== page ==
The men alongside Lü Bu


Among the many characters in The Ravages of Time, there stands Lü Bu. Three-surnamed dog. God of war. Shameless. True hero. Disloyal. Inhuman. Immoral. Immortal. Power-hungry. An intellectual who fights and a warrior who writes. Xiang Yu. Han Xin. Fengxian.

Of course, the scheming and the struggles continue on long after his death. And it’s not that he doesn’t have any flaws (for one thing, Jia Xu and Sima Yi have fooled him on several occasions, while his venality is so well-known that Cao Cao doesn’t spare his life despite his incredible talents). But he remains nonetheless, as a battle standard for other elite warriors to approach, emulate, or even surpass.

This post is about some of those heroes in Ravages who have claimed for themselves or have been deemed by their colleagues to be worthy peers or successors of Lü Bu, in some way or another. I also extend this celebration to the ones who have somehow matched the might and skills of the men alongside Lü Bu, thereby making them indirect heirs to the special legacy.

Note that this is not an attempt to construct tiers of power, given my reservations on that topic. Rather, what I shall do would be more along the lines of lineage charts and association maps, with Lü Bu as the principal figure. And so without further ado…

  • First in line among the peers of Lü Bu would be the three oath brothers of the Peach Garden. Guan Yu has shown to be capable of keeping up with Lü Bu in one-on-one bouts, whether it be a horseback battle or a plain fistfight. Another notable thing about Guan Yu is how his moral views and rhetorical stances stand firmly at odds with Lü Bu’s own ethics (or lack thereof), thus earning him the moniker of the ‘warrior saint’. Zhang Fei in turn can match Lü Bu not only in dueling and crowd-clearing, but also in playing dumb as part of the ‘reckless brute’ facade and in laying out underhanded schemes (albeit with crucial differences in intent and motivation). For his part, although Liu Bei can hardly stand up to Lü Bu’s martial prowess (save for one early staged moment, with the help of Guan Yu and Zhang Fei), his own brand of inspirational charisma is in a way comparable (and even arguably superior) to Lü Bu’s battle aura.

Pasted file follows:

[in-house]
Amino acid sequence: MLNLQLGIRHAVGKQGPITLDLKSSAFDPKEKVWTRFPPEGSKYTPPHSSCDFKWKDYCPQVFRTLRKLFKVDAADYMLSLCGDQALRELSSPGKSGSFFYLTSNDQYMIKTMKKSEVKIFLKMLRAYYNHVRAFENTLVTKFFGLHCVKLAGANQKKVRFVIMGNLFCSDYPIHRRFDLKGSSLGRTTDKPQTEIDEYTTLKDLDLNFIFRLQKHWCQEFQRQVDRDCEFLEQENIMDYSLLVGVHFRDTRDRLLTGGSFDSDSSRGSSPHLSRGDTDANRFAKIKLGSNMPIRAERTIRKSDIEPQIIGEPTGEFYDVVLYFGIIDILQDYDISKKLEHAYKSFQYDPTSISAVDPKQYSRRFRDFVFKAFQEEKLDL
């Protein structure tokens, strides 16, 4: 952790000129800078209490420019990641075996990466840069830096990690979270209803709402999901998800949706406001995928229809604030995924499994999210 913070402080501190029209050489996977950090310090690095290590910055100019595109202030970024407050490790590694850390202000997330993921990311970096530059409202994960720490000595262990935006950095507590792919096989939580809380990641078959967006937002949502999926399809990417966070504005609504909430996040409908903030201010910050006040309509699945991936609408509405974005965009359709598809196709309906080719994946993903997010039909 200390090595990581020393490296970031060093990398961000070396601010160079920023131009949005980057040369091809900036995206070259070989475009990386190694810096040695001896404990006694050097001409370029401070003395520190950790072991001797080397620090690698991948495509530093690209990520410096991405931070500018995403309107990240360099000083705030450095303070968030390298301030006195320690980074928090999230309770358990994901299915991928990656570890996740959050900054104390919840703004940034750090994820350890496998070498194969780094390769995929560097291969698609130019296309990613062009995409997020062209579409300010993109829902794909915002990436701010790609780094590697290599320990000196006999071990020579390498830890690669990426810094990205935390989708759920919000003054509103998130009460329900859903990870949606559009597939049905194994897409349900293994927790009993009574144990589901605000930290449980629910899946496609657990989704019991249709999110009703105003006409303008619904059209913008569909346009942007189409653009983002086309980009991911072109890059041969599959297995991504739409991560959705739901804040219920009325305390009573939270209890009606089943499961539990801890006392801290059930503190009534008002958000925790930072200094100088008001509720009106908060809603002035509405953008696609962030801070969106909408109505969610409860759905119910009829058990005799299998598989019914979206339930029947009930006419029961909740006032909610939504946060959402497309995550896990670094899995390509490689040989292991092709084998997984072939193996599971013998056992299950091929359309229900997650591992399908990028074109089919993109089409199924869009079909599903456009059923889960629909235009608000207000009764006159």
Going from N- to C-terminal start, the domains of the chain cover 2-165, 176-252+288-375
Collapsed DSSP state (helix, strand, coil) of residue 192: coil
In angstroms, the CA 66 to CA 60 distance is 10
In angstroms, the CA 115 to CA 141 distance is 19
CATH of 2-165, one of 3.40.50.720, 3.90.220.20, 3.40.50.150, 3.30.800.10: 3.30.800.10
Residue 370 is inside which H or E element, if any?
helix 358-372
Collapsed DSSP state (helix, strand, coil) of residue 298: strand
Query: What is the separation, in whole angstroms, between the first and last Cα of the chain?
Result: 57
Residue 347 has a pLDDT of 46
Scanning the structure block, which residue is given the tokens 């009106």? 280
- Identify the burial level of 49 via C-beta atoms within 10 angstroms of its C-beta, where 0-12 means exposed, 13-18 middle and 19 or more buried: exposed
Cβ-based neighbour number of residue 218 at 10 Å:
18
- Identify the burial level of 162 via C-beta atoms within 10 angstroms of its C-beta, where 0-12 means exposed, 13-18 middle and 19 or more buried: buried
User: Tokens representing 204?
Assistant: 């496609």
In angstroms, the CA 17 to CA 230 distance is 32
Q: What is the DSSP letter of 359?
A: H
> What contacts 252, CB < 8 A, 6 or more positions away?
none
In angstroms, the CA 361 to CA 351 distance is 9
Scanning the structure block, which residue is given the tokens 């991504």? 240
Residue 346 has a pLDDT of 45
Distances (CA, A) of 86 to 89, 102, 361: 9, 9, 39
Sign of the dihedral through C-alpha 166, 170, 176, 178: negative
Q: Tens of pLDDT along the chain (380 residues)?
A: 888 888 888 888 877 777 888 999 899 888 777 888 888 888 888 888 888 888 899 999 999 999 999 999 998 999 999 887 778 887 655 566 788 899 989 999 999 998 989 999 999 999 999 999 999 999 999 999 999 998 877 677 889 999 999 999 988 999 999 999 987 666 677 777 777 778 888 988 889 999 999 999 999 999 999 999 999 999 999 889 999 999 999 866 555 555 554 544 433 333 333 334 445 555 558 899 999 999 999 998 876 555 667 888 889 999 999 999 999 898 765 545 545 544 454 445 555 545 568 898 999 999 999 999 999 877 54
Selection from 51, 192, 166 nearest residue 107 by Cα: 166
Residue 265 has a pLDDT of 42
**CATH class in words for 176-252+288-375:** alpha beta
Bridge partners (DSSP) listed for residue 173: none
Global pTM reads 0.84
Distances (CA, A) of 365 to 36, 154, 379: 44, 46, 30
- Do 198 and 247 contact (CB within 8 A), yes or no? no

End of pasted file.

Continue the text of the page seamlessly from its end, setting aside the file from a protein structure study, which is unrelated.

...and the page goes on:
• Next in line would be the three ex-assassin officers who have had the opportunity to confront (and even collaborate with) Lü Bu. Of these three, Zhang Liao comes closest to being regarded as a successor of sorts to Lü Bu, not only on account of his feats and exploits, but more importantly because he served under Lü Bu (first as one of the impersonators, then as a close protege) from the time when Dong Zhuo was still alive, up until Lü Bu’s execution. However, one crucial factor explaining why Zhang Liao stayed with Lü Bu for so long is that his own outlook in life comes closer to that of Guan Yu and Zhang Fei (thus giving him an affinity with his master’s closest one-man-army rivals). For his part, Liaoyuan Huo (a.k.a. Zhao Yun) parallels Zhang Liao in many ways, and was even able to last long – even gaining the upper hand with the help of tricks and allies – in his encounters with Lü Bu. In addition, the inexperienced Yuan Tan was so shaken by his encounter with both Zhang Liao and Liaoyuan Huo that he thought that there was more than one Lü Bu serving Cao Cao. Lastly, Dian Wei is recognized as having a role and fighting style that mirrors that of Liaoyuan Huo (they even share the same mentor/boss, Liu Da), and moreover was able to best Lü Bu at one point because of his sheer tenacity and utter loyalty to Cao Cao.